|Mar-25-08|| ||dzechiel: White to move. Material even. "Easy."
So the first move I saw was
as this threatens mate. But then I saw that black had several ways of stopping the mate.
I then tried lots of other moves (8 Bg5, 8 f4, 8 Nxc7, etc), but couldn't get anything else to work.
So I went back to the first move and noticed that it wins a piece and a pawn AT LEAST. For instance, after
8...Qe7 9 Qxc7+ Ke8 10 Nd6+ Kf8 11 Nxc8
black just has a lost game.
There may be something better than this, but I'm not seeing it. And it's taken me 10 minutes to get here. Time to check.
|Mar-25-08|| ||JG27Pyth: Found this one thinking, "gee Qf8 is mate, how can I threaten that... say! Qc5 attacks c7 and threatens f8, I believe I've got my move! Which is to say, I _still_ haven't learned to do Dzechiel/JohnLSpouge/UdayanOwen/MAJ/ConstantImpr-
ovement/ --style due-dilligence on my moves :( but it works great up until about thursday/friday ;)|
|Mar-25-08|| ||Cibator: Finally spotted it after several minutes trying to make 8.Bg5?? work. Decided to try it out on the Little ChessPartner, which has no trouble finding the 8th move (but that doesn't mean it's as good as Reti!).|
|Mar-25-08|| ||Akavall: (after 7...c6) <For instance, 8.Nc7? Kd8! and Black wins.>|
Rybka doesn't agree, white has 9. Bg5 with the reading of +0.77, but of course white can't play 9. Nxa8? because of 9...Nf3+.
|Mar-25-08|| ||Tactic101: I thought this game was familiar. I must have seen it in a puzzle book or something like that. Nevertheless, I found Qc5 pretty quickly, but I spent a few minutes trying to find anything better, plus any refutation to Qc5. Quite nice, actually, but not with the full bang of the usual early week puzzles. A little harder than the usual Tuesday puzzle.|
|Mar-25-08|| ||MostlyAverageJoe: On one hand, the first move is reasonably easy to see. On the other, black has plenty of plausible responses. Yeah, all of them are losing, but how many need to be examined to claim the solution?|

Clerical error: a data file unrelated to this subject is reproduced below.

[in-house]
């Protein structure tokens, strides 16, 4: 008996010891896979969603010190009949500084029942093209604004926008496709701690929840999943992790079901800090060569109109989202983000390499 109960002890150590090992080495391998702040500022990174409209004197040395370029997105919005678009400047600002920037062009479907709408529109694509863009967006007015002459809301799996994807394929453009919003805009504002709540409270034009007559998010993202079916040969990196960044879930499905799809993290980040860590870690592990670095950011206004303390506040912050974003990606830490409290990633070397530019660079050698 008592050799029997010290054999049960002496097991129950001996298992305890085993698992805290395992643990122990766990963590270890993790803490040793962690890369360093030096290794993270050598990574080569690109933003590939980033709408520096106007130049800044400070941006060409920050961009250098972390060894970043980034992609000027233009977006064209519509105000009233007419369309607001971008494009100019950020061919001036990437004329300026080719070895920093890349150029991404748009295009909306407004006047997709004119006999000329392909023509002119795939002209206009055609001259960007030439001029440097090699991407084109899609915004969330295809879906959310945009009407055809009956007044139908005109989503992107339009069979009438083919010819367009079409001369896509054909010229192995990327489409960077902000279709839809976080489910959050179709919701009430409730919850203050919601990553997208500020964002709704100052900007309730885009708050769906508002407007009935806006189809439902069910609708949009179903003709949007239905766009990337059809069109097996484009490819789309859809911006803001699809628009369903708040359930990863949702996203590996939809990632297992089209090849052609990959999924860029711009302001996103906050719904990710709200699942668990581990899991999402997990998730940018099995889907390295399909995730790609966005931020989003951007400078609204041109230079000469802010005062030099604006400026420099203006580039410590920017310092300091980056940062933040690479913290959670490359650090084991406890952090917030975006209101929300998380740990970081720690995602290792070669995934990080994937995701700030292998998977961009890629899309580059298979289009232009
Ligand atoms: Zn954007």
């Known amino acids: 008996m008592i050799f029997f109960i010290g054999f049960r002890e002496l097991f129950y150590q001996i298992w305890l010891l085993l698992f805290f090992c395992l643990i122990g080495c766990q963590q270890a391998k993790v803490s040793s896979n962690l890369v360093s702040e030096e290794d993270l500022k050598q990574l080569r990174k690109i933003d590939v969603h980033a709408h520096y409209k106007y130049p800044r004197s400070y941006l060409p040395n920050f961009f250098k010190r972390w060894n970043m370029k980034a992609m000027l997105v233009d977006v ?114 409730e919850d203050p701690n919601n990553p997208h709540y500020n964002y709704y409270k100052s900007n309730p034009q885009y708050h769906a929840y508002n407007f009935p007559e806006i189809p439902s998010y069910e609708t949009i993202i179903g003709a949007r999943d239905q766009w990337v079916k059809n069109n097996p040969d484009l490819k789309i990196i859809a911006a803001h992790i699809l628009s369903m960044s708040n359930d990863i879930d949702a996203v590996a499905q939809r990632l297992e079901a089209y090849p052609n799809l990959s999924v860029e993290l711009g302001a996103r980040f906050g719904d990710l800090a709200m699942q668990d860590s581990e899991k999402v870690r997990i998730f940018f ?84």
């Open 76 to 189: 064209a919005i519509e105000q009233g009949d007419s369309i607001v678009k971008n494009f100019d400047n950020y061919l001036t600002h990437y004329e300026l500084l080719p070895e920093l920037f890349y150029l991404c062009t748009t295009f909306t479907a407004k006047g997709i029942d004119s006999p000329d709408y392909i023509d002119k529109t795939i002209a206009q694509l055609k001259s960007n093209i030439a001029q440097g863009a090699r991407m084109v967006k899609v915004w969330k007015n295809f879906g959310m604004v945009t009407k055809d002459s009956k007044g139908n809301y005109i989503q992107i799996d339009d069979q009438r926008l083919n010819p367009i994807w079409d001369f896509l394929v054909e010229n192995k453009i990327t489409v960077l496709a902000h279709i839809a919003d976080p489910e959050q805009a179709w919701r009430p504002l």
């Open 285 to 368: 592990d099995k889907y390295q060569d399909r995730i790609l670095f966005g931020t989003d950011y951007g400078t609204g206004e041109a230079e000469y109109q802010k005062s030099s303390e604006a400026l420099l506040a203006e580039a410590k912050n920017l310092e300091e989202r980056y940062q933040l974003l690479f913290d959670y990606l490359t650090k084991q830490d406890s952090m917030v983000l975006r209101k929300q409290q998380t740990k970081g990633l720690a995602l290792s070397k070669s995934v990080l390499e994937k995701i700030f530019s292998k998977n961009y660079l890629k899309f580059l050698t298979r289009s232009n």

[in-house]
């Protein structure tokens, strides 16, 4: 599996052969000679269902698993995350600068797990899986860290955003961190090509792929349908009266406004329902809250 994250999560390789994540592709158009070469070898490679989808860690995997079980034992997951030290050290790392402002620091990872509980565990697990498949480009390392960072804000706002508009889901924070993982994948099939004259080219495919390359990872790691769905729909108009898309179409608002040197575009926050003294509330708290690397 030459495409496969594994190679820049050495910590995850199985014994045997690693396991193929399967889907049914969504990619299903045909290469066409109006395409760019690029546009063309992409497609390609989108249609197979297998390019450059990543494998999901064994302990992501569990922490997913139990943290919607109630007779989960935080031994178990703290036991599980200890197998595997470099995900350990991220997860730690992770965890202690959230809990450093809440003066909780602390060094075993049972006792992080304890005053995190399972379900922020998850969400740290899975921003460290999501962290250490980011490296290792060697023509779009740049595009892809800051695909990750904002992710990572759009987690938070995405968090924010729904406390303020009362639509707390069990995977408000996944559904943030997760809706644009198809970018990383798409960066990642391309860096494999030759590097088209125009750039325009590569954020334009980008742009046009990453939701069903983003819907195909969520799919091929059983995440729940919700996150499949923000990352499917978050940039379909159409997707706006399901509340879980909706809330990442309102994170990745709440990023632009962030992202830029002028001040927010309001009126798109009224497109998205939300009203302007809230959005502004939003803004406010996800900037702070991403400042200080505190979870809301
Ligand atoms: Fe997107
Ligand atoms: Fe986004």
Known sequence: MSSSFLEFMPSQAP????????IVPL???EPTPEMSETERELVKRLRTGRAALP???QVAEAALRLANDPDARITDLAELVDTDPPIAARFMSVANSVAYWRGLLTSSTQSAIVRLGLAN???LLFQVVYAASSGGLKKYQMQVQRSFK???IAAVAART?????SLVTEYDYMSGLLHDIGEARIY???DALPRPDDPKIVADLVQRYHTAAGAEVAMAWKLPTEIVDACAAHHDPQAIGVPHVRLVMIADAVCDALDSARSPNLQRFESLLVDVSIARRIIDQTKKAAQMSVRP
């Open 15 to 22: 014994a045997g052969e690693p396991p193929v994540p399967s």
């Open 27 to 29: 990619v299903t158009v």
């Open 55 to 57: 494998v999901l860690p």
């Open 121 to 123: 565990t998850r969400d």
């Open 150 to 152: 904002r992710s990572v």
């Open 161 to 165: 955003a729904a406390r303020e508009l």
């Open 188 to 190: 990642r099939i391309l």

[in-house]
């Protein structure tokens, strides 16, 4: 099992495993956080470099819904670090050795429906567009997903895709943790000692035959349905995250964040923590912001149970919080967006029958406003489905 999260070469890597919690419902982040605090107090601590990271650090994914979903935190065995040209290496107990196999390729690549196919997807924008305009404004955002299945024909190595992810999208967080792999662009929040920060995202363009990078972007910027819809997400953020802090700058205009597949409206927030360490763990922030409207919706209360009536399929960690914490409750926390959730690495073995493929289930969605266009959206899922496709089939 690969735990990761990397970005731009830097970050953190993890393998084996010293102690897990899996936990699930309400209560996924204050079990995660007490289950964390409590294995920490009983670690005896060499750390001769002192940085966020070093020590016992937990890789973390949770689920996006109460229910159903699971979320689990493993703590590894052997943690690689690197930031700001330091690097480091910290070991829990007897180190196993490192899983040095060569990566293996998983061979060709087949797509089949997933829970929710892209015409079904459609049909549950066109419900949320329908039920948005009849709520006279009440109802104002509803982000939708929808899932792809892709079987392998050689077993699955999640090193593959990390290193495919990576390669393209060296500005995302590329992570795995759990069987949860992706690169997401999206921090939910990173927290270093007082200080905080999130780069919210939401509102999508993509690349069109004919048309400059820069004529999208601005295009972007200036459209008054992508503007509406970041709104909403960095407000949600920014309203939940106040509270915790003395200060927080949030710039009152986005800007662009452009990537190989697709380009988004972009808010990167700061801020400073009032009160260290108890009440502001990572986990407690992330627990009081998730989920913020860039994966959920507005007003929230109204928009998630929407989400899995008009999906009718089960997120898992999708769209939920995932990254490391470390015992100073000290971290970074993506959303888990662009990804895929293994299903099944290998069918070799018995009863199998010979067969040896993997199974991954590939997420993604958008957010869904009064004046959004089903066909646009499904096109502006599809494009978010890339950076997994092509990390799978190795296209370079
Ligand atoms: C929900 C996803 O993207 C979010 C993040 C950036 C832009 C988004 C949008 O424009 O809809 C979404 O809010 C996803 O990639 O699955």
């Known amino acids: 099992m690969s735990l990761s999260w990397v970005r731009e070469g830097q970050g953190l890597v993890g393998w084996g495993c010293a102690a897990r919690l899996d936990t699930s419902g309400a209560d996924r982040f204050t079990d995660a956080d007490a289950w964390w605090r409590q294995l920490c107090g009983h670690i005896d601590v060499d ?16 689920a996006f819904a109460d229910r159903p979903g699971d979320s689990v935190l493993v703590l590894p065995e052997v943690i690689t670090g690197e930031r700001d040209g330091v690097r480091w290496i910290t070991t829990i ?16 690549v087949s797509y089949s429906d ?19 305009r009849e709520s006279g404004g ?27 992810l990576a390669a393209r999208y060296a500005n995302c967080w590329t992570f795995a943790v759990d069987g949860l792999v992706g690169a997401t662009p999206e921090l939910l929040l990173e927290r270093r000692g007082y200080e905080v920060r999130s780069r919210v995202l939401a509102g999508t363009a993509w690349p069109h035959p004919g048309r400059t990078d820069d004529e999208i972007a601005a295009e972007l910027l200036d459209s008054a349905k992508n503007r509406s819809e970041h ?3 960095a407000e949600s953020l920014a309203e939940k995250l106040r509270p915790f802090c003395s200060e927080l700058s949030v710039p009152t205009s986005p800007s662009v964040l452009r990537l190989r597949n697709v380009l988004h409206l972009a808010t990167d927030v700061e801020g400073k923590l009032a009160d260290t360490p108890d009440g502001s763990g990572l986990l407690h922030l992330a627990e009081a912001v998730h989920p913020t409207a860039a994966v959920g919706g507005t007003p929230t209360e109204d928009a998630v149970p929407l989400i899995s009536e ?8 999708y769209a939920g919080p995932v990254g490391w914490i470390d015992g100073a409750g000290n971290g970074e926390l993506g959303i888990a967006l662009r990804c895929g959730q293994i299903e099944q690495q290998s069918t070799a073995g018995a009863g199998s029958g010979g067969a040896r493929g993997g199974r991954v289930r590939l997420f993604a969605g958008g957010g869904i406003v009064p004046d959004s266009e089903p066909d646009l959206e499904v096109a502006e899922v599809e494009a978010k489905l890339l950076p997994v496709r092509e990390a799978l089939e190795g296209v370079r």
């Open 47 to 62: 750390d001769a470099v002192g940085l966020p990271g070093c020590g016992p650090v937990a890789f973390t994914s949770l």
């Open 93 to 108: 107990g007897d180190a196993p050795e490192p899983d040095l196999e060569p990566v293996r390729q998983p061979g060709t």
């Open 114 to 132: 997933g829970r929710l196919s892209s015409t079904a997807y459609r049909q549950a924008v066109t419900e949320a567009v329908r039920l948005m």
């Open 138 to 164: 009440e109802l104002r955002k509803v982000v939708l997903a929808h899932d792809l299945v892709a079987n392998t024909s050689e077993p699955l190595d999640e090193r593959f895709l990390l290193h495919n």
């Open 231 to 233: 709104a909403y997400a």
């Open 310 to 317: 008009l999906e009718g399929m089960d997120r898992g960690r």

I looked at maybe 2-3 plies past each of 8...Ne7 (loses Q after Qxc7+ Nd6+), 8...Qe7 (loses Bc8 quickly, and I think Ne5 soon thereafter) 8...Qe6 (loses R after Qf8 and Q exchange), 8...d6 (loses Bc8 quickly but not sure if any other major piece) and figured out this was good enough.
Yeah, it does look like a win is imminent, but since I could not possibly calculate it all in the 2 minutes allocated for Tuesday puzzles, I am not sure whether or not to claim the point for today.
This puzzle definitely did not feel like Tuesday. Engine analysis will follow later...
|Mar-25-08|| ||wouldpusher: 8. ... ♘h6 9. ♕xc7+ ♔e8 10. h4 (Δ ♗g5) ♘c6 11. ♘d6+ ♔f8 12. ♘xc8 wins a piece. This is somewhat the best defense by Black.|
|Mar-25-08|| ||JNewton: I normally get Tuesday puzzles, but this one threw me for a loop (indeed, it is still throwing me). I don't see a clear white win after 8 ... Nh6, planning on bringing the King to relative safety on e7.|
After the apparently strong 9 h4, Black has the sac Nf3+ which appears to muddy the waters more than a bit.
Does anybody have a concrete variation that nets white more than a Pawn after 8 ... Nh6?
|Mar-25-08|| ||wouldpusher: <I don't see a clear white win after 8 ... Nh6, planning on bringing the King to relative safety on e7.>|
8. ... ♘h6 9. ♕xc7+ ♔e7? 10. ♘c3!
|Mar-25-08|| ||Steve Case: After I abandoned the idea that somhow I could take advantage of Black's King/Queen line up for my "black bishop" to skewer her at g5 it fell apart. After all, going for the checkmate is way better than winning the Queen (-:|
|Mar-25-08|| ||zooter: pretty tough for a tuesday in my opinion...
8.Qc5 with the double threat of Qf8# & Qxc7...?
doesn't seem forcing enough...let me check
|Mar-25-08|| ||zooter: and off course, i spent a lot of time trying to make 8.Bg5 work and even attacking the knight on e5...almost gave up, went had some coffee and then Qc5 hit me...! :)|
|Mar-25-08|| ||Kasputin: Tough one for a Tuesday. I came close, which unfortunately counts in horseshoes but not chess. I saw Qc5 (couldn't see anything else), and I noticed that with 8...Ne7 black either loses her queen or gets mated after 9. Qxc7, then 10.Nd6. I also saw that moving the black queen to e7 or the pawn to d6 results in the loss of the black bishop on c8 (with the same white queen and knight moves). I think I got that part right - did I miss something? Of course as soon as I looked at the game itself, I noticed black's possible 8...Nh6. Awkward looking but it offers black's king the e7 square. So without having thought that move through, I would have to say I missed it. After 8...Nh6, what does white have? A nice position, but does he win a piece? Maybe trying 9.h4 or 9. Qxc7+ then 10.Be3. But this is too much for my tired brain to contemplate at the moment. Black looks like he can try and wriggle away from these two white possibilities - it might not work but at least he has some chances.|
|Mar-25-08|| ||whiteshark: <8.Qc5> with a double threat: 9.Qf8# and 9.Qxc7+. Game over.|